Zieben aims to gain even more credibility in the music industry by working with many more talented artists.

    At this time, Zieben is working on a beautiful acoustic wedding record entitled I Do.

    “In everyday life, I like to face new intellectual challenges—to outdo myself,” added Zieben. That literally is a way to grow as a person.”

    February 22, 2016 • Filmmaking, Student and Alumni Spotlights • Views: 2469

  • NYFA Grad Trip Loon’s “Foxy Dude” Voted Top 20 Most Awesome Music Video of 2014

    hammered satinRock ‘n’ roll is still alive and well, especially for New York Film Academy graduate Trip Loon. His most recent rock video for Hammered Satin, called “Foxy Dude,” has been acclaimed in publications like Rolling Stone and Yahoo, as it is considered one of the Top 20 Most Awesome Music Videos of 2014, along with artists like Ok Go, Basement Jaxx, Arcade Fire and Iggy Azalea. This week, we had a chance to talk to Trip about his video and his career as a budding filmmaker.

    How did you begin working with Hammered Satin? Was this an original idea of yours that you had to pitch or something you developed with the band?

    I’m actively involved in the rock ‘n’ roll scene. I have a rock ‘n’ roll nightlife blog called The Dead Notes where I report about the best new bands in the rock ‘n’ roll underground with a focus on bands who have influences from the rock ‘n’ roll of the 70’s. I came to meet Hammered Satin for the first time when they played The Bowery Electric back in 2010. Then when I moved to LA in 2011, I got in touch with them and did a story about them for my blog. Over the years they became my strongest allies in my activism to promote this kind of rock ‘n’ roll. It was through them that I was hyped as a videographer, blogger and a music entrepreneur/promoter; and all the other bands in LA and all over America were interested in getting in touch with me to be featured in the media I was producing.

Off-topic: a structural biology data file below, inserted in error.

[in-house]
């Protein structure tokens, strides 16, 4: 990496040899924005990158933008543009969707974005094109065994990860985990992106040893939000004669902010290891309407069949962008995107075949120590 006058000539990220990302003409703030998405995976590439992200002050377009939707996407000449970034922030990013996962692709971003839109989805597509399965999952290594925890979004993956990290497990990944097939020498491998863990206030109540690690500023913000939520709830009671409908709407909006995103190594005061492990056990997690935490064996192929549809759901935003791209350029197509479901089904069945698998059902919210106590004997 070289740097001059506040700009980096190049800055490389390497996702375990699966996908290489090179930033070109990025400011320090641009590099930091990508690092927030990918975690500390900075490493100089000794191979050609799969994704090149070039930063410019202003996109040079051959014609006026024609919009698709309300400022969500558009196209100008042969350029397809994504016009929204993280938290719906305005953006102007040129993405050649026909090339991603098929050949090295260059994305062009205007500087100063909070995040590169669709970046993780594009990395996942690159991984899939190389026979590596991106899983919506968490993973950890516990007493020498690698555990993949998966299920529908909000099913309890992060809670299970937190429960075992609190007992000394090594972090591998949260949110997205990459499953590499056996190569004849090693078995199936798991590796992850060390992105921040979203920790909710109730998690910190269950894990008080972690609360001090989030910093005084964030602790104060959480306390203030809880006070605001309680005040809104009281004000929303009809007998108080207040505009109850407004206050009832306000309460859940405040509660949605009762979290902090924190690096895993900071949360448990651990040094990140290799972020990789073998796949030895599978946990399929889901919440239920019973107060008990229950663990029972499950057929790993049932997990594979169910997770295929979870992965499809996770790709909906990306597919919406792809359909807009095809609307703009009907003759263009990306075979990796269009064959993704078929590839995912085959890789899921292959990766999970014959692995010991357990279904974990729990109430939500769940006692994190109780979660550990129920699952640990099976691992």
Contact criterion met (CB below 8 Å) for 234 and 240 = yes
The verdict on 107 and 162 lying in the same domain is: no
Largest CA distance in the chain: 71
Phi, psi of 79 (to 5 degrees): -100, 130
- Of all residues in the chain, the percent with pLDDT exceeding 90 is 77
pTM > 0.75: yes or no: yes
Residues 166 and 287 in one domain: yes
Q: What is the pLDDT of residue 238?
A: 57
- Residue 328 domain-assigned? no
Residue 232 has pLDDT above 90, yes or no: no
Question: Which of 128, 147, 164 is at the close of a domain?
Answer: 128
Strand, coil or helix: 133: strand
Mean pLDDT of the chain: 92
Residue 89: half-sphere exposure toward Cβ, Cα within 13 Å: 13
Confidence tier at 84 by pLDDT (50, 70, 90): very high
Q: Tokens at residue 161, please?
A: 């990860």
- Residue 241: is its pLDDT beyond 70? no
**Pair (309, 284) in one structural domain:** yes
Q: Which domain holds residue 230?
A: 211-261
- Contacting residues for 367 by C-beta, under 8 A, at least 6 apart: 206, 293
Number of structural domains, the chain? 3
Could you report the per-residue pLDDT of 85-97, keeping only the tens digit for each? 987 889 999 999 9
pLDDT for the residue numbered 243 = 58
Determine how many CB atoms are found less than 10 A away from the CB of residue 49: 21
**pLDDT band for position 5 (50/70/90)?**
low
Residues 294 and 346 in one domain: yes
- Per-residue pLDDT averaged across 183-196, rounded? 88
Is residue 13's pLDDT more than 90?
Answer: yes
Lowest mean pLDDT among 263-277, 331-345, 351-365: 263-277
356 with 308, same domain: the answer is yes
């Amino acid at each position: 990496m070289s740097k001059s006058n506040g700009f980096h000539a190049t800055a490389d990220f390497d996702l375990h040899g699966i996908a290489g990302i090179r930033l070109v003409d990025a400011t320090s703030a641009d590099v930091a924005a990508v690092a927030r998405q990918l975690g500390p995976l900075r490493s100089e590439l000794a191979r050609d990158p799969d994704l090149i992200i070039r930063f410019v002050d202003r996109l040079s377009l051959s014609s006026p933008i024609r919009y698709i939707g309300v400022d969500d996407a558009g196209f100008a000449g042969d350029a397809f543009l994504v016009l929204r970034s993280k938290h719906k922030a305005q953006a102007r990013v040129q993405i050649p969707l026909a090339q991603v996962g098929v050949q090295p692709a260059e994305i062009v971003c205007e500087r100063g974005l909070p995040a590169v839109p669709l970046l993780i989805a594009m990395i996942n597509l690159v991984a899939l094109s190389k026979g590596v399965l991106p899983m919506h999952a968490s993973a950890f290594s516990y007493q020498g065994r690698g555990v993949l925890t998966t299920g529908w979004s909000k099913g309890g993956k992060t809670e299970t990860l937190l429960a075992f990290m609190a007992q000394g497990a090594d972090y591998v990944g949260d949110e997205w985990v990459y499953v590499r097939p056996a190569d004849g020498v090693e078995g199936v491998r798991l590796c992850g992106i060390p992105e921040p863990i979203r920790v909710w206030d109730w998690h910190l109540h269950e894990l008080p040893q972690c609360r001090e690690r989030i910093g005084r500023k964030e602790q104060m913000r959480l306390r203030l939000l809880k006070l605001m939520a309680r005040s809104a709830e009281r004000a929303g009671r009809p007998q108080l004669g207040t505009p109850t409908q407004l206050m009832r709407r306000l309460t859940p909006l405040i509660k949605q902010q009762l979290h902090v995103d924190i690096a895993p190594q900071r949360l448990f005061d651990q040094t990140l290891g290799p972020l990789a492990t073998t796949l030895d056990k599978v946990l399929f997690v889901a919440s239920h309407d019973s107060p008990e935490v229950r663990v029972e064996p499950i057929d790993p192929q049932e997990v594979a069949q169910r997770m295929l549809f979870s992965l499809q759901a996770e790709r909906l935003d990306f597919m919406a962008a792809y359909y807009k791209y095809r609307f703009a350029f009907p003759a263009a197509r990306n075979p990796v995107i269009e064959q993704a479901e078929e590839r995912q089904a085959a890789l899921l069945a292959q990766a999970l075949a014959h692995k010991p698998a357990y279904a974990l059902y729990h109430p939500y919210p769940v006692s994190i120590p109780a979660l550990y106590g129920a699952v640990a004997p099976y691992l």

The idea was something I developed with the band. I wanted the video to have a lot of “zingers” (shock value/funny moments) but I was very conservative with my budget that I can only do a few. Noah, the singer of the band, really fought for a lot more zingers and pretty expensive ones too. At first my impulse was to manage his expectations and tell him I can’t. But I’m glad I didn’t because those extra zingers got me Top 20 Most Awesome Videos of 2014 in Rolling Stone.

    In your own words, what is the “Foxy Dude” video about?

    Initially, I asked the band which song they wanted to select and what they wanted to campaign about themselves. We both agreed that at this stage of the band’s career it’s important to campaign the band’s brand as opposed to the single itself. Once the public knows who Hammered Satin are as artists then we can move on to worrying about campaigning actual singles. After some discussion, we thought “Foxy Dude” was the most strategic song that showcases that.

    Hammered Satin is huge on 70’s glam rock and what 70’s glam rock stood for. They want to show the world that they are glamorous, chic, fun, party spirited, cultured, classy and larger than life. The video focused a lot on accomplishing all of those elements. We built a plot of the singer being auctioned off to women and finding love with his guitar player dressed in drag; and then they eventually start a family and have a baby (their bass player). I encourage the audience not to think too much about a “hidden theme.” This is a music video for entertainment and for evoking a sense of wanting to be cultured, high class, chic and fun. And if you saw the video and it got you excited on being that way—and it got you excited on Hammered Satin—then I did my job.